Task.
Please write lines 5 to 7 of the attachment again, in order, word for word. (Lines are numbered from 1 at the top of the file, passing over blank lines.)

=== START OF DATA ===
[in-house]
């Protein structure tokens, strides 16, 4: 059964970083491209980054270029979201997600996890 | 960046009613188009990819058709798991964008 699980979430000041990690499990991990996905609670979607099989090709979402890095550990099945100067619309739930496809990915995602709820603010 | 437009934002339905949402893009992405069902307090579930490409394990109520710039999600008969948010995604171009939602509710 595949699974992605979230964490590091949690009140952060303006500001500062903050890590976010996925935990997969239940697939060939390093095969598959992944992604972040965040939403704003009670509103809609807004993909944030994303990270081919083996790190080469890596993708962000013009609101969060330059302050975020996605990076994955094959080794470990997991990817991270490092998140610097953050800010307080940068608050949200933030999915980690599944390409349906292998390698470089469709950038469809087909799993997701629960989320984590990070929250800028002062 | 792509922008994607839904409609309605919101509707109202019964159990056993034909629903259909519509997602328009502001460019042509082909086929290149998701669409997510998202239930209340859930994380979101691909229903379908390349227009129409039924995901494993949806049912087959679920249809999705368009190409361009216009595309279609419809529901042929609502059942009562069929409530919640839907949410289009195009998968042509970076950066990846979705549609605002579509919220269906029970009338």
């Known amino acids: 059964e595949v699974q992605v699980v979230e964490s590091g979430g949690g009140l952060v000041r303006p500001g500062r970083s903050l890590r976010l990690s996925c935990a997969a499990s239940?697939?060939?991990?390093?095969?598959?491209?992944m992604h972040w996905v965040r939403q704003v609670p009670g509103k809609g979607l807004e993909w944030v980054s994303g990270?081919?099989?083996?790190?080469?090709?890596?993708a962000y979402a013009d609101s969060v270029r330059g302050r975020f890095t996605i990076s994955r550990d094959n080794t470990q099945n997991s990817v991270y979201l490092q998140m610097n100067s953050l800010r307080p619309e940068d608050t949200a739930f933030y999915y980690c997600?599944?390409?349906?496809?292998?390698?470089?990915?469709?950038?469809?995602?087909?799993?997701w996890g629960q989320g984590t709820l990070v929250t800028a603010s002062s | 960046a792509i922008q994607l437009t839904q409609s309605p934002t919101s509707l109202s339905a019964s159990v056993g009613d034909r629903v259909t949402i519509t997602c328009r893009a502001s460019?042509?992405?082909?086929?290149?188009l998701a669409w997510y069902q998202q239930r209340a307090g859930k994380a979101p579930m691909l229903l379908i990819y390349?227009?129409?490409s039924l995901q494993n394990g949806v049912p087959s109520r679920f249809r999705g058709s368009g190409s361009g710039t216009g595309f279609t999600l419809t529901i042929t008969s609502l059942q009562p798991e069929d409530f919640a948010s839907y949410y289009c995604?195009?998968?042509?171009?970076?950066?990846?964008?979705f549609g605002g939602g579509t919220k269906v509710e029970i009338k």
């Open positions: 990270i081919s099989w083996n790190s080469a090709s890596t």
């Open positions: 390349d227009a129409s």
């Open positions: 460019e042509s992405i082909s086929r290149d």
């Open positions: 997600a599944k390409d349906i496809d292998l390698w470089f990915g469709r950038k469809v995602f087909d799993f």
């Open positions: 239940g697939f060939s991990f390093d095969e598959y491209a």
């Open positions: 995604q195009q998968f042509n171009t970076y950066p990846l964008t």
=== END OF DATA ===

């Open positions: 390349d227009a129409s």
């Open positions: 460019e042509s992405i082909s086929r290149d």
């Open positions: 997600a599944k390409d349906i496809d292998l390698w470089f990915g469709r950038k469809v995602f087909d799993f």